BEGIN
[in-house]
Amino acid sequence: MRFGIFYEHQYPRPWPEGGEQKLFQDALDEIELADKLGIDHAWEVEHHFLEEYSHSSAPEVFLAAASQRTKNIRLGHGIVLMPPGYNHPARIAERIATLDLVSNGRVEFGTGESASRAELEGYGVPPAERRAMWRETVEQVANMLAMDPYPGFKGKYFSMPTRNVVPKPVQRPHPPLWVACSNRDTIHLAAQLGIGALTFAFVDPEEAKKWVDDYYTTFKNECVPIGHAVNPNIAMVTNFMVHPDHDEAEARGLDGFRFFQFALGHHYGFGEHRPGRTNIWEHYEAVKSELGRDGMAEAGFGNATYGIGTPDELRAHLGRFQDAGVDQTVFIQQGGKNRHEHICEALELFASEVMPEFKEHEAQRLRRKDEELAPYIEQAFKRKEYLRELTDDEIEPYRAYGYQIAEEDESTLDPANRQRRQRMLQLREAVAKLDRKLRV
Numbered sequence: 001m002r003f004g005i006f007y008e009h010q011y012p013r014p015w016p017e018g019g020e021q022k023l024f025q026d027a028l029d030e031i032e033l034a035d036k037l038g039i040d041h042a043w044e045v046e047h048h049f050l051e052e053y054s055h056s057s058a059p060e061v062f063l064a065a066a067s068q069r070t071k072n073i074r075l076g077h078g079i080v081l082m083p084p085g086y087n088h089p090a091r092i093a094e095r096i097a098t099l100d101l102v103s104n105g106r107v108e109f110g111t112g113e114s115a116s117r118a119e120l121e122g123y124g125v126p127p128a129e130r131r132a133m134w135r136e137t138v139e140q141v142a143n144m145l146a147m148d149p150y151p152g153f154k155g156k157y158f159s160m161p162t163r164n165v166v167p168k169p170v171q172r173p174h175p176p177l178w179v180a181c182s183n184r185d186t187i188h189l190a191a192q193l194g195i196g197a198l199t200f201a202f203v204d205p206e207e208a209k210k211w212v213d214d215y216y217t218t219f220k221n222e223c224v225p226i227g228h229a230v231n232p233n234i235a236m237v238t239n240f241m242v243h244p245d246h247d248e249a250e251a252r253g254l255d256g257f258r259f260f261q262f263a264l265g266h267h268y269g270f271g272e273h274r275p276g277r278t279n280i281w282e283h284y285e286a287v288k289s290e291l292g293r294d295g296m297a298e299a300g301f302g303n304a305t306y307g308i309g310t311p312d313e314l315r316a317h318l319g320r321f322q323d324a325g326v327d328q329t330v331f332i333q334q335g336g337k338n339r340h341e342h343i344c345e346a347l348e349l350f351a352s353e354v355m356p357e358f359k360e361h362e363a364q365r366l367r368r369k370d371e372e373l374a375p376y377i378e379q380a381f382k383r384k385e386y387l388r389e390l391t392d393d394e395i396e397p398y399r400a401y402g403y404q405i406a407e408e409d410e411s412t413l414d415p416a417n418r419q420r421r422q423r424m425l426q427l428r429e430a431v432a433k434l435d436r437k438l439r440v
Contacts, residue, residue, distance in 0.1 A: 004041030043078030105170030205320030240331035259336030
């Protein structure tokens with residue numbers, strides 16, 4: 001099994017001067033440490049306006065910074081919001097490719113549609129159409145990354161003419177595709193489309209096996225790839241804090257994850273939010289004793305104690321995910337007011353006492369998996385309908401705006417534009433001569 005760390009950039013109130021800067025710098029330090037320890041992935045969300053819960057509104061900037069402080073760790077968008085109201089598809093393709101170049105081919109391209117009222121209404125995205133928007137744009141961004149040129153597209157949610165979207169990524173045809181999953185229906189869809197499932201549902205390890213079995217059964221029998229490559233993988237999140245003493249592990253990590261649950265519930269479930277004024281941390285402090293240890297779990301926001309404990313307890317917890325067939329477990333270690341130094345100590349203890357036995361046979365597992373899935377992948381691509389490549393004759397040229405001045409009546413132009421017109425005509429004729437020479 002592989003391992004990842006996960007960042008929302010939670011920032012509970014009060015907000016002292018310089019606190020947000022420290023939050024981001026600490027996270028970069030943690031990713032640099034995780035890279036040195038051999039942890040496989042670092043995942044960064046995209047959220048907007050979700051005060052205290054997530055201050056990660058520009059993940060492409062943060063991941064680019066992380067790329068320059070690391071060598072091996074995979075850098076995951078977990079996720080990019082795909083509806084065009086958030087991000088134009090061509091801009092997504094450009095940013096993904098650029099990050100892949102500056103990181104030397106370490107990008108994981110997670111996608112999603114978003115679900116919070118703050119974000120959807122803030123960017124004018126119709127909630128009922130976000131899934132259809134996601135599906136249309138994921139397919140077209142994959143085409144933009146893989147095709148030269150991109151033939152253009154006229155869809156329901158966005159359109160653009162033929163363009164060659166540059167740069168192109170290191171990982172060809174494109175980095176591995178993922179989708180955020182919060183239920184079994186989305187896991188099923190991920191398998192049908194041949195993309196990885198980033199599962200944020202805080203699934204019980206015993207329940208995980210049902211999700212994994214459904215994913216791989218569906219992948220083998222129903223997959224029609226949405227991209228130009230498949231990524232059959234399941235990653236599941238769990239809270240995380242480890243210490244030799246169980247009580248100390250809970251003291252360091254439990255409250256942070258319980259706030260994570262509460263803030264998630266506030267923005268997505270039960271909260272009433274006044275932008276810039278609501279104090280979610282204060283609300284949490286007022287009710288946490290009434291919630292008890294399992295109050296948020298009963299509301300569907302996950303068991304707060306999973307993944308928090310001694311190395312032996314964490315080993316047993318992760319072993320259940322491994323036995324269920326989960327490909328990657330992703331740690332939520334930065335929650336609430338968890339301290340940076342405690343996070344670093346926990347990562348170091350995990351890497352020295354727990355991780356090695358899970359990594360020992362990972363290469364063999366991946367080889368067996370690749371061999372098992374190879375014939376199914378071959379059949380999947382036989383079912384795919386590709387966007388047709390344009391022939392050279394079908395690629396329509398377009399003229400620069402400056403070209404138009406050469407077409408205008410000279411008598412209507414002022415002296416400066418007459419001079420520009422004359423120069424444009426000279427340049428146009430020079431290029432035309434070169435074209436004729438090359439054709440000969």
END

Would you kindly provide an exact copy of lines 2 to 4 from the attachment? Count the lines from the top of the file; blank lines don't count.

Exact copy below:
Amino acid sequence: MRFGIFYEHQYPRPWPEGGEQKLFQDALDEIELADKLGIDHAWEVEHHFLEEYSHSSAPEVFLAAASQRTKNIRLGHGIVLMPPGYNHPARIAERIATLDLVSNGRVEFGTGESASRAELEGYGVPPAERRAMWRETVEQVANMLAMDPYPGFKGKYFSMPTRNVVPKPVQRPHPPLWVACSNRDTIHLAAQLGIGALTFAFVDPEEAKKWVDDYYTTFKNECVPIGHAVNPNIAMVTNFMVHPDHDEAEARGLDGFRFFQFALGHHYGFGEHRPGRTNIWEHYEAVKSELGRDGMAEAGFGNATYGIGTPDELRAHLGRFQDAGVDQTVFIQQGGKNRHEHICEALELFASEVMPEFKEHEAQRLRRKDEELAPYIEQAFKRKEYLRELTDDEIEPYRAYGYQIAEEDESTLDPANRQRRQRMLQLREAVAKLDRKLRV
Numbered sequence: 001m002r003f004g005i006f007y008e009h010q011y012p013r014p015w016p017e018g019g020e021q022k023l024f025q026d027a028l029d030e031i032e033l034a035d036k037l038g039i040d041h042a043w044e045v046e047h048h049f050l051e052e053y054s055h056s057s058a059p060e061v062f063l064a065a066a067s068q069r070t071k072n073i074r075l076g077h078g079i080v081l082m083p084p085g086y087n088h089p090a091r092i093a094e095r096i097a098t099l100d101l102v103s104n105g106r107v108e109f110g111t112g113e114s115a116s117r118a119e120l121e122g123y124g125v126p127p128a129e130r131r132a133m134w135r136e137t138v139e140q141v142a143n144m145l146a147m148d149p150y151p152g153f154k155g156k157y158f159s160m161p162t163r164n165v166v167p168k169p170v171q172r173p174h175p176p177l178w179v180a181c182s183n184r185d186t187i188h189l190a191a192q193l194g195i196g197a198l199t200f201a202f203v204d205p206e207e208a209k210k211w212v213d214d215y216y217t218t219f220k221n222e223c224v225p226i227g228h229a230v231n232p233n234i235a236m237v238t239n240f241m242v243h244p245d246h247d248e249a250e251a252r253g254l255d256g257f258r259f260f261q262f263a264l265g266h267h268y269g270f271g272e273h274r275p276g277r278t279n280i281w282e283h284y285e286a287v288k289s290e291l292g293r294d295g296m297a298e299a300g301f302g303n304a305t306y307g308i309g310t311p312d313e314l315r316a317h318l319g320r321f322q323d324a325g326v327d328q329t330v331f332i333q334q335g336g337k338n339r340h341e342h343i344c345e346a347l348e349l350f351a352s353e354v355m356p357e358f359k360e361h362e363a364q365r366l367r368r369k370d371e372e373l374a375p376y377i378e379q380a381f382k383r384k385e386y387l388r389e390l391t392d393d394e395i396e397p398y399r400a401y402g403y404q405i406a407e408e409d410e411s412t413l414d415p416a417n418r419q420r421r422q423r424m425l426q427l428r429e430a431v432a433k434l435d436r437k438l439r440v
Contacts, residue, residue, distance in 0.1 A: 004041030043078030105170030205320030240331035259336030